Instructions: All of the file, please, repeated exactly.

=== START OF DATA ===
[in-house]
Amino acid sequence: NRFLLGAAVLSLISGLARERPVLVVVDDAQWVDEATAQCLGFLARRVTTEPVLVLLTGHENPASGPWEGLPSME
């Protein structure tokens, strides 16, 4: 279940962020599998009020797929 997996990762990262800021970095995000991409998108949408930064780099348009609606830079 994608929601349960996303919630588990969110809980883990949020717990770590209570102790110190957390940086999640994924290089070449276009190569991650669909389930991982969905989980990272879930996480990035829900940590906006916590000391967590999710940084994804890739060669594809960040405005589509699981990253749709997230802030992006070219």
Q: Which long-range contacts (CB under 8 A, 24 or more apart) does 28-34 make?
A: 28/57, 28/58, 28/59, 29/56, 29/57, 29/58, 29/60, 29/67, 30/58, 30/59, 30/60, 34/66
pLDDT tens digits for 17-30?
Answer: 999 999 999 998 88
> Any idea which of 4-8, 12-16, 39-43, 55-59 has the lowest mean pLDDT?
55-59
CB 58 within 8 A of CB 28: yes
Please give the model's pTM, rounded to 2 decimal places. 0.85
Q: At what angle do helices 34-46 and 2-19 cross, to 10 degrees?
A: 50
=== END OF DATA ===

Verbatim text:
[in-house]
Amino acid sequence: NRFLLGAAVLSLISGLARERPVLVVVDDAQWVDEATAQCLGFLARRVTTEPVLVLLTGHENPASGPWEGLPSME
């Protein structure tokens, strides 16, 4: 279940962020599998009020797929 997996990762990262800021970095995000991409998108949408930064780099348009609606830079 994608929601349960996303919630588990969110809980883990949020717990770590209570102790110190957390940086999640994924290089070449276009190569991650669909389930991982969905989980990272879930996480990035829900940590906006916590000391967590999710940084994804890739060669594809960040405005589509699981990253749709997230802030992006070219």
Q: Which long-range contacts (CB under 8 A, 24 or more apart) does 28-34 make?
A: 28/57, 28/58, 28/59, 29/56, 29/57, 29/58, 29/60, 29/67, 30/58, 30/59, 30/60, 34/66
pLDDT tens digits for 17-30?
Answer: 999 999 999 998 88
> Any idea which of 4-8, 12-16, 39-43, 55-59 has the lowest mean pLDDT?
55-59
CB 58 within 8 A of CB 28: yes
Please give the model's pTM, rounded to 2 decimal places. 0.85
Q: At what angle do helices 34-46 and 2-19 cross, to 10 degrees?
A: 50